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We told you the other day about reports that Chinese automaker BYD was planning to introduce a hybrid car to the Chinese market int 2008. It now appears that they might be planning to go all the way, as it were, and build a full battery electric car. China Car Times is reporting that In addition to the F6DM hybrid, there will be an F6E plug-in sedan. BYD is claiming to have developed their own battery, the "first" in the world using iron. No doubt A123 and EnerDel will both be surprised to hear this as both are producing lithium iron phosphate batteries. It looks like the F6E will be relegated to Chinese market for the time being so we'll be able to judge from a safe distance how well BYD has progressed on battery development. In the meantime, BYD is one of five Chinese manufacturers that will be displaying their wares the at Detroit Auto Show next January so maybe we can find out more at that time.

[Source: China Car Times, thanks to Ash for the tip]


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      • 7 Years Ago
      It's funny listening to the naiive folks here who think that either the Japs or anybody else can sucessfully compete with the Chinese. The same kind of idiot talk greeted the Japanese when their first less-than-spectacular cars arrived. If this plug-in can do what they say and at the price they have quoted, Toyota better kiss their ass goodbye - they're dogmeat. They are talking about a totally inferior plug-in of their own not happening before 2011. Looks like the Chinese are whipping the rest
      of the world pretty good at this electric car business.
      • 7 Years Ago
      you are all mistaken. BYD use pure iron battery, not nickel-fe or li-fe battery. The technology is fundamentally different.
      • 7 Years Ago
      Thomas Edison made nickel-iron batteries more than a century ago, so that claim is abundantly bogus.

      The design looks a lot like many other cars, but thst isn't too suprising - there is a lot of "style copying" going on in the auto industry, and many basic auto parts, including headlamps, are mass produced by parts suppliers for many different models and even different manufacturers.
      • 7 Years Ago
      BYD is simply 'window dressing'(as it's known in Wall St and The City)in preperation for what will be a bloody battle for survival amongst Chinese car companies. I am only 'guestimating' but suspect the technology is ancient and batteries takes up the boot/trunk space and more.

      The west must realise that for the past 5 years or so Chinese manufactureres have simply been trying to grow their businesses by whatever means they could (eg copycat designs/features etc). Now they are looking at creating the buzz to have the global investment community take an interest and either privately (via private equity) or publicly (via Chinese stock markets). It's not about the car, it's about the business model.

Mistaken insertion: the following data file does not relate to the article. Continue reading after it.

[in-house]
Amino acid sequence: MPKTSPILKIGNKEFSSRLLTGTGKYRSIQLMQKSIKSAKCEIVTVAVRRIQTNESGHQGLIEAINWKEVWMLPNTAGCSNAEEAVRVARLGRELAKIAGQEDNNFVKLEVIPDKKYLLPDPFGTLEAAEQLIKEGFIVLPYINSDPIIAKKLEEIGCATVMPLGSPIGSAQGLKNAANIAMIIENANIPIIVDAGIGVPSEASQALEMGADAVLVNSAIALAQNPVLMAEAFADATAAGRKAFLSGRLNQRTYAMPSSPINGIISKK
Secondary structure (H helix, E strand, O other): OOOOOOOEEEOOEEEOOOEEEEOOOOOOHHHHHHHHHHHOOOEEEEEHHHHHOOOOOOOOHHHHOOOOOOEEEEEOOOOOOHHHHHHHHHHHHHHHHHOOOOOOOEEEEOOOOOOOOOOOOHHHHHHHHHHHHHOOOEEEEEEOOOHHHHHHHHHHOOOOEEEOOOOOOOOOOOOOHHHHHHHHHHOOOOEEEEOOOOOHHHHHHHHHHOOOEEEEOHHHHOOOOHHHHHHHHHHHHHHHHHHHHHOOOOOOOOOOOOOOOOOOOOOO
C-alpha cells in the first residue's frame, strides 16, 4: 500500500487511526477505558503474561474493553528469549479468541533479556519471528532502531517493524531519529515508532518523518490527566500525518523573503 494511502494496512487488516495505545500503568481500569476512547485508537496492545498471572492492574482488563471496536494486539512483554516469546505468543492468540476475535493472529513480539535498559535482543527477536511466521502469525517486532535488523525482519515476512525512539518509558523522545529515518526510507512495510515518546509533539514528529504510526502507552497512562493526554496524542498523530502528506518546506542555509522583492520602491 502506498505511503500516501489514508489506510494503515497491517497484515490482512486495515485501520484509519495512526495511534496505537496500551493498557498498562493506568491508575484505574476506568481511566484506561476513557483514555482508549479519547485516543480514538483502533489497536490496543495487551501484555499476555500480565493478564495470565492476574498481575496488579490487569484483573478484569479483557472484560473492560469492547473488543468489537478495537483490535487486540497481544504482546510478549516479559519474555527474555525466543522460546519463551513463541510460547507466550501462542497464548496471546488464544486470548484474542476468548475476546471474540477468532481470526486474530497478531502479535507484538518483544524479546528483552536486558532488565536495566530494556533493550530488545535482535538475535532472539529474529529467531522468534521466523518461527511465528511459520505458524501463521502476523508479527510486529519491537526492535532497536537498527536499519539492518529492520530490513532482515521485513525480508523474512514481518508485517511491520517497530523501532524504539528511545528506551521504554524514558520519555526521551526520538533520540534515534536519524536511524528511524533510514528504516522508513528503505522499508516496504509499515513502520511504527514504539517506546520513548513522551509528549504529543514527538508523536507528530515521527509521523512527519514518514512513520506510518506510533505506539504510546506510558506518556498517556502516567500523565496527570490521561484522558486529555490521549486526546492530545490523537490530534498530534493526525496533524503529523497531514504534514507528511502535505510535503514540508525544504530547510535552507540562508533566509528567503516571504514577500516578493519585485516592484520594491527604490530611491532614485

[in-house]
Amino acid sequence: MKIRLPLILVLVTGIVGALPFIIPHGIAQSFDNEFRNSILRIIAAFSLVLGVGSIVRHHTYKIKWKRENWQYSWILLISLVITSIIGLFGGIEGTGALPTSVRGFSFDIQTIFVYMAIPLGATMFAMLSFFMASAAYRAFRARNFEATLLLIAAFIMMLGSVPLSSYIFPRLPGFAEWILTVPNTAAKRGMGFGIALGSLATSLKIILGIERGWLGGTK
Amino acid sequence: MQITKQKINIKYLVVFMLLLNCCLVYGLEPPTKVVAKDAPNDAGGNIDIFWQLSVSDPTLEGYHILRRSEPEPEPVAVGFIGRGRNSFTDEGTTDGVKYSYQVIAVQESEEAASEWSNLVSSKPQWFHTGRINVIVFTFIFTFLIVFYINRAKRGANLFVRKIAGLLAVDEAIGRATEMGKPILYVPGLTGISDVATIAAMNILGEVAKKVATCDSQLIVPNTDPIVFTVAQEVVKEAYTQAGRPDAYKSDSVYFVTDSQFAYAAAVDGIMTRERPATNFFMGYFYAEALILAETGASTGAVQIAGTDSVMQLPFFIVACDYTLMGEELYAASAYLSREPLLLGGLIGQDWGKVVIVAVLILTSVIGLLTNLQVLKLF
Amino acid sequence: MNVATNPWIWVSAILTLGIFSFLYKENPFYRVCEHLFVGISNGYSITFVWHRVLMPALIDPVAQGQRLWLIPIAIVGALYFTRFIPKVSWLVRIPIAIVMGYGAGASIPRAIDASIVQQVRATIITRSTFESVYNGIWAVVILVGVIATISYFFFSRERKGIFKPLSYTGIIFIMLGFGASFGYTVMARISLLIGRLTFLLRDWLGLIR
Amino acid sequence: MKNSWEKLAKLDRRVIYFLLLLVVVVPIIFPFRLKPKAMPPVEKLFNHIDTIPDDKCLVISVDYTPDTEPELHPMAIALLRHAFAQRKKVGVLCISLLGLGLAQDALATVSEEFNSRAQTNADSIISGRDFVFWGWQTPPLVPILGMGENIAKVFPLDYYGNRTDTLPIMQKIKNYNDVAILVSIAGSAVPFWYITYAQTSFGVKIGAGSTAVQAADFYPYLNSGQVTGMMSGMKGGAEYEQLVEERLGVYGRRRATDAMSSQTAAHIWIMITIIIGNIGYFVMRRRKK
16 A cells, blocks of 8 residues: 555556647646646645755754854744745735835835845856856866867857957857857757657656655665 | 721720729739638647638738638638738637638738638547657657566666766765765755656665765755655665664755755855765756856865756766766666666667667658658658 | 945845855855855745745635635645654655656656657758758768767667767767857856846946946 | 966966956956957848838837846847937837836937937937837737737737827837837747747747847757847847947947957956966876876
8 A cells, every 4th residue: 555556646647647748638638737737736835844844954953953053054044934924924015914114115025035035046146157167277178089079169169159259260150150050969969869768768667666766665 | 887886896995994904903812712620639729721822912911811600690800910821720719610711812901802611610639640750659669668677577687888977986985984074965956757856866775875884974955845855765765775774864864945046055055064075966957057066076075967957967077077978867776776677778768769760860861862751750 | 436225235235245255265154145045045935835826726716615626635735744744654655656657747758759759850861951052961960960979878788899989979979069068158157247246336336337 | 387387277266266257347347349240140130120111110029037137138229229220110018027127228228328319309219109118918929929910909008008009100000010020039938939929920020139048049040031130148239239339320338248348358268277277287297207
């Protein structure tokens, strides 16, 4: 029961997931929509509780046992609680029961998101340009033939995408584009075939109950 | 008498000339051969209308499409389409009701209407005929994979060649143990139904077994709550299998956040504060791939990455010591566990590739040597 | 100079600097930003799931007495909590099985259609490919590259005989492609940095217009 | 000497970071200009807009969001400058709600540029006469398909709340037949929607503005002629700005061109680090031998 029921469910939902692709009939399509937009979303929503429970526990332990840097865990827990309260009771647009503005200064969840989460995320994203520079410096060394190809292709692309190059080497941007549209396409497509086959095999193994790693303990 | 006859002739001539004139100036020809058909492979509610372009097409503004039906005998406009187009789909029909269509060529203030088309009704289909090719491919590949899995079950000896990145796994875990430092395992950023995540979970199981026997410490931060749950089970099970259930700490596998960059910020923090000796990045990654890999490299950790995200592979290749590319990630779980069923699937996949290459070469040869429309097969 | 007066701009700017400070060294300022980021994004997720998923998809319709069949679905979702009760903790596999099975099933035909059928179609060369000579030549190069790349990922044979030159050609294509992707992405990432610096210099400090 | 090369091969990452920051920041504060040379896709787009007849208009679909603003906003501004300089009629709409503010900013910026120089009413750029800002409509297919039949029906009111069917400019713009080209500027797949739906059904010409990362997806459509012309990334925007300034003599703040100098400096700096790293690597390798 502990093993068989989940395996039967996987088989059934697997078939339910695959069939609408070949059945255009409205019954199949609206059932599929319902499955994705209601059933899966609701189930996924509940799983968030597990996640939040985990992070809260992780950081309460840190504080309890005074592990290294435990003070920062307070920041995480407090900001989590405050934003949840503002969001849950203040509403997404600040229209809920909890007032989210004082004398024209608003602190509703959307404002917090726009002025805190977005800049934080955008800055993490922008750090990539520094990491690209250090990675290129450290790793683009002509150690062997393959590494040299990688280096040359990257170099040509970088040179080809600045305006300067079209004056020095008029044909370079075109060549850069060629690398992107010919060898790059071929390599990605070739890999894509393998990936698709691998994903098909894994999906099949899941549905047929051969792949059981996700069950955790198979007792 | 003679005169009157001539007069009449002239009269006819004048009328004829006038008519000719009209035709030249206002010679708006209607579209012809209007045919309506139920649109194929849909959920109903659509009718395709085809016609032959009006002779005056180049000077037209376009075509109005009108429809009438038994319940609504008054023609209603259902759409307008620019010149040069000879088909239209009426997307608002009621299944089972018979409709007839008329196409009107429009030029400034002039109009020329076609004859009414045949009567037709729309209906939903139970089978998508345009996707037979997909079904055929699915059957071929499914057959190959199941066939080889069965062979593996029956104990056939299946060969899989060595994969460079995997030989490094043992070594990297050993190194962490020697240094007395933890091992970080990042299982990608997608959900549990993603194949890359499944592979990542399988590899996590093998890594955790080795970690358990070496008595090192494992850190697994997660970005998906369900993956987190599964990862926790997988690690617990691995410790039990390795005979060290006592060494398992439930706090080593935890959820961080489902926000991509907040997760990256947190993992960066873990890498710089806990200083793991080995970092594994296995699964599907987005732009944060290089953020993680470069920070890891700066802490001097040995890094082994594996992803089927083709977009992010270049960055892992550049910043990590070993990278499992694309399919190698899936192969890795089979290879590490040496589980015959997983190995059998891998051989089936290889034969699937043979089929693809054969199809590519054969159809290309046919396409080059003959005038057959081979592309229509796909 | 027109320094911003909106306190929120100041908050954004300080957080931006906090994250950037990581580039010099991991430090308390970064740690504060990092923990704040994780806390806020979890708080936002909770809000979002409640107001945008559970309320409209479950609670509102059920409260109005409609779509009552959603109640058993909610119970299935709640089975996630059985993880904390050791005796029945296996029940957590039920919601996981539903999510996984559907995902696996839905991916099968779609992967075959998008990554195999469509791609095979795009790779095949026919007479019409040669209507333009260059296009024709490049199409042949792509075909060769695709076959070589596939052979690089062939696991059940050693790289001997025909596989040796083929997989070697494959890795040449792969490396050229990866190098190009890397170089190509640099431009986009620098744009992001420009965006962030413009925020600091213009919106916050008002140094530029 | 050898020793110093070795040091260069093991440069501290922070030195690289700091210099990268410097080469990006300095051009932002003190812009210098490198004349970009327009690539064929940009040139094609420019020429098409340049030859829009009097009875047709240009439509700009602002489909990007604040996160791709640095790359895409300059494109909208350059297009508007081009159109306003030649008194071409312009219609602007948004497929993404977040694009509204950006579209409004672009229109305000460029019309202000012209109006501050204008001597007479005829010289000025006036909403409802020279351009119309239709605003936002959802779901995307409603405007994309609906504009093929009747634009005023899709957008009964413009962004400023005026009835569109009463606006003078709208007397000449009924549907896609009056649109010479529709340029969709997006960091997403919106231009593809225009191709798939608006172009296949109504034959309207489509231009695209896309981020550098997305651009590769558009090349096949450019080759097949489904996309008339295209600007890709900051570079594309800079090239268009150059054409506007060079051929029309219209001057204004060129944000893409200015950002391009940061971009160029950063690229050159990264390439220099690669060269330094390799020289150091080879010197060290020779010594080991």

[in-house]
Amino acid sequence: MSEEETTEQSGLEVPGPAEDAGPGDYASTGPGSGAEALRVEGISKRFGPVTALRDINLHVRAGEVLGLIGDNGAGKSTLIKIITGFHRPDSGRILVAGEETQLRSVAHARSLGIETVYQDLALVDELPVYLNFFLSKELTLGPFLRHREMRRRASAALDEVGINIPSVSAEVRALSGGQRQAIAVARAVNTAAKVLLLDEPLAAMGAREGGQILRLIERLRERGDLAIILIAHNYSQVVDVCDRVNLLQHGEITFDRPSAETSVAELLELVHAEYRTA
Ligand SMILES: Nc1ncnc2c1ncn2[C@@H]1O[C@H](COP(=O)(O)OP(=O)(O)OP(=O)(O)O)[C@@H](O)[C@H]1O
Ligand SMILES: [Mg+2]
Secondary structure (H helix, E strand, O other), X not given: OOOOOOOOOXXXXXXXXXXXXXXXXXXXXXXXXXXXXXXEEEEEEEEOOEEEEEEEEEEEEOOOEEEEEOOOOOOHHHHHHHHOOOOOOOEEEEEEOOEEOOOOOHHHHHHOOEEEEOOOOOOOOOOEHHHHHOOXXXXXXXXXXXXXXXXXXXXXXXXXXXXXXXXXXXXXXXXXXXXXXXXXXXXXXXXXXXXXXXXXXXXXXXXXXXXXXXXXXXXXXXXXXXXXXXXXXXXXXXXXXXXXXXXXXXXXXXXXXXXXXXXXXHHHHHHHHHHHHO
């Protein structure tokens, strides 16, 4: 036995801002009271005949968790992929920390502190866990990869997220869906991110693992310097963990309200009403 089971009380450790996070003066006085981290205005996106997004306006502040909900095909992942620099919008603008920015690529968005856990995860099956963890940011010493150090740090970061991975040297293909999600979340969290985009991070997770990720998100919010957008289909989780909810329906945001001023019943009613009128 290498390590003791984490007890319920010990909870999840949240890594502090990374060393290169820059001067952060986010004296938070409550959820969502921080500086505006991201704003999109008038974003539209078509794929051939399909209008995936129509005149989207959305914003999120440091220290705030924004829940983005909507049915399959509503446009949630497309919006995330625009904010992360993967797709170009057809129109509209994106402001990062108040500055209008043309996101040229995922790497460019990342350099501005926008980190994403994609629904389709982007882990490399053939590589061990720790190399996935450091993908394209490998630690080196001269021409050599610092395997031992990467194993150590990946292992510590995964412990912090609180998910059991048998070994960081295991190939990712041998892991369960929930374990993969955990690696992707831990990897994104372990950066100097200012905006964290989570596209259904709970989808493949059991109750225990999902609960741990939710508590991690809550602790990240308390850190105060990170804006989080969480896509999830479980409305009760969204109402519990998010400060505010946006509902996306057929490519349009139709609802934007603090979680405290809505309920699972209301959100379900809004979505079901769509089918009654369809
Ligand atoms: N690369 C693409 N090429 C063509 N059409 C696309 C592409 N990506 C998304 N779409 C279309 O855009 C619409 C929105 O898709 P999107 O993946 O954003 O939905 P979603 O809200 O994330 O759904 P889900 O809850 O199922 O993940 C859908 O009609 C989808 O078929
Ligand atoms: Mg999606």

• 7 Years Ago
      >> claiming to have developed their own battery,
      >> the "first" in the world using iron

      Maybe they actually meant "first stolen."
      • 6 Years Ago
      New York Times----China’s Industrial Ambition Soars to High-Tech


      By DAVID BARBOZA
      Published: August 1, 2008




      SHENZHEN, China — Few people have heard of the BYD Corporation — BYD for Build Your Dream — but this little-known company has grown into the world’s second-largest battery producer in less than a decade of existence. Now it plans to make a great leap forward: “We’d like to make a green energy car, a plug-in,” said Paul Lin, a BYD marketing executive. “We think we can do that.”

      Skip to next paragraph Even in go-go China, such lofty aspirations may sound far-fetched. But BYD has built a 16-million-square-foot auto assembly plant here and hired a team of Italian-trained car designers; it plans to build a green hybrid by the end of the year.

      No longer content to be the home of low-skilled, low-cost, low-margin manufacturing for toys, pens, clothes and other goods, Chinese companies are trying to move up the value chain, hoping eventually to challenge the world’s biggest corporations for business, customers, power and recognition.

      The government is backing the drive with a two-pronged approach: using incentives to encourage companies to innovate, but also moving to discourage low-end manufacturers from operating in southern China. That step would reverse one of the crucial engines of this country’s spectacular economic rise.

      But by introducing tougher labor and environmental standards and ending tax breaks for thousands of factories here, the government has sent a powerful signal about its global ambitions, and helped encourage an exodus of factories from an area long considered the world’s shop floor.